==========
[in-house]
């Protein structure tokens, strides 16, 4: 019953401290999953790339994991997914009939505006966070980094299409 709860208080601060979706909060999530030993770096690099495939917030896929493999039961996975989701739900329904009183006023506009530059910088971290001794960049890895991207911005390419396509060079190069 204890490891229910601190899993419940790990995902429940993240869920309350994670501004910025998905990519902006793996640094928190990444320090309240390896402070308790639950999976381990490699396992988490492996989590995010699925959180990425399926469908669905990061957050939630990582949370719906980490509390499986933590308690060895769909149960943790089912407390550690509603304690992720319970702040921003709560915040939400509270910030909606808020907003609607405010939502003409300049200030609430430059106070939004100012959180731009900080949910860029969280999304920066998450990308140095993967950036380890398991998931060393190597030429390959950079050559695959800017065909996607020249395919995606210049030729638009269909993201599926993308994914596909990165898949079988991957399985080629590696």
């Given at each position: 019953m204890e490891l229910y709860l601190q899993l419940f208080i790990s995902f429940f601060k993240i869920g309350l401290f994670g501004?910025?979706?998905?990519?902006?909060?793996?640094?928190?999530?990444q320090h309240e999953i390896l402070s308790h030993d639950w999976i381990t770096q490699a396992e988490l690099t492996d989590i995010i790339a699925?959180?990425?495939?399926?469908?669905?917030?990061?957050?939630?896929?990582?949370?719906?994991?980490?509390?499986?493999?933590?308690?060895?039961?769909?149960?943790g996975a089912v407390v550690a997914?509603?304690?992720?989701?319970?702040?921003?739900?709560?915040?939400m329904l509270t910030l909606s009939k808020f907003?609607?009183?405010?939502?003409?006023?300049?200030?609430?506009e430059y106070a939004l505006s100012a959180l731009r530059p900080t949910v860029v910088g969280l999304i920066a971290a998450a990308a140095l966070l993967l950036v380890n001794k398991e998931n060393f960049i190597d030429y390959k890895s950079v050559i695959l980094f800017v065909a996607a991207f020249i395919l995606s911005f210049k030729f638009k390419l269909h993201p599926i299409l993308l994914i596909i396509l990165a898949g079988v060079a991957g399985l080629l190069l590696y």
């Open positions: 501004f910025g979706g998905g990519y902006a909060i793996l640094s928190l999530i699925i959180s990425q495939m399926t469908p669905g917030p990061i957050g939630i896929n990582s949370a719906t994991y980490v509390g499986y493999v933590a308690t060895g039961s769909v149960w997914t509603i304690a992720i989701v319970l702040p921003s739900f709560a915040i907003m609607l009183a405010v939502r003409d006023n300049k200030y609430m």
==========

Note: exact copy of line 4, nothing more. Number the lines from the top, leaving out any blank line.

């Open positions: 501004f910025g979706g998905g990519y902006a909060i793996l640094s928190l999530i699925i959180s990425q495939m399926t469908p669905g917030p990061i957050g939630i896929n990582s949370a719906t994991y980490v509390g499986y493999v933590a308690t060895g039961s769909v149960w997914t509603i304690a992720i989701v319970l702040p921003s739900f709560a915040i907003m609607l009183a405010v939502r003409d006023n300049k200030y609430m």